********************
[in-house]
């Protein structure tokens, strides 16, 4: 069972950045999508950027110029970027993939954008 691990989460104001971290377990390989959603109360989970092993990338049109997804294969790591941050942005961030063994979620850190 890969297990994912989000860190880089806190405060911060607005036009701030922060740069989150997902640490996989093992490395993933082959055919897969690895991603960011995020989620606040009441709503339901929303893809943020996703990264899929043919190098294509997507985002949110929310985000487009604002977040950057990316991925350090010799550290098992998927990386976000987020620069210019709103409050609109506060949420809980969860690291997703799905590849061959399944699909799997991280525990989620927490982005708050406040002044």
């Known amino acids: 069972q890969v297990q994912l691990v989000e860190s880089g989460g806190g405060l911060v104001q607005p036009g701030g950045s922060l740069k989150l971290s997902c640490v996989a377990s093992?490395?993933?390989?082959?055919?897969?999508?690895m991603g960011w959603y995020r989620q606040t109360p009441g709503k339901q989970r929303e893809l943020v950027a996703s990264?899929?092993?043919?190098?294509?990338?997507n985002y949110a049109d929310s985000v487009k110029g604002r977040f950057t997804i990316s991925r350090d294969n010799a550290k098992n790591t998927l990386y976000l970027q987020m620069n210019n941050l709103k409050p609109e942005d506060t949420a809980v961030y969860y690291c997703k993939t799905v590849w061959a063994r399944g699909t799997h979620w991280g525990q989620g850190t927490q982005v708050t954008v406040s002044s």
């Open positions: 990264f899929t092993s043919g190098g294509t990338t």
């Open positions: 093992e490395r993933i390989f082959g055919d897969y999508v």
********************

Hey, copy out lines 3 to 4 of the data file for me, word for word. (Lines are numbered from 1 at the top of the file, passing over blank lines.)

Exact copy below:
């Known amino acids: 069972q890969v297990q994912l691990v989000e860190s880089g989460g806190g405060l911060v104001q607005p036009g701030g950045s922060l740069k989150l971290s997902c640490v996989a377990s093992?490395?993933?390989?082959?055919?897969?999508?690895m991603g960011w959603y995020r989620q606040t109360p009441g709503k339901q989970r929303e893809l943020v950027a996703s990264?899929?092993?043919?190098?294509?990338?997507n985002y949110a049109d929310s985000v487009k110029g604002r977040f950057t997804i990316s991925r350090d294969n010799a550290k098992n790591t998927l990386y976000l970027q987020m620069n210019n941050l709103k409050p609109e942005d506060t949420a809980v961030y969860y690291c997703k993939t799905v590849w061959a063994r399944g699909t799997h979620w991280g525990q989620g850190t927490q982005v708050t954008v406040s002044s």
């Open positions: 990264f899929t092993s043919g190098g294509t990338t």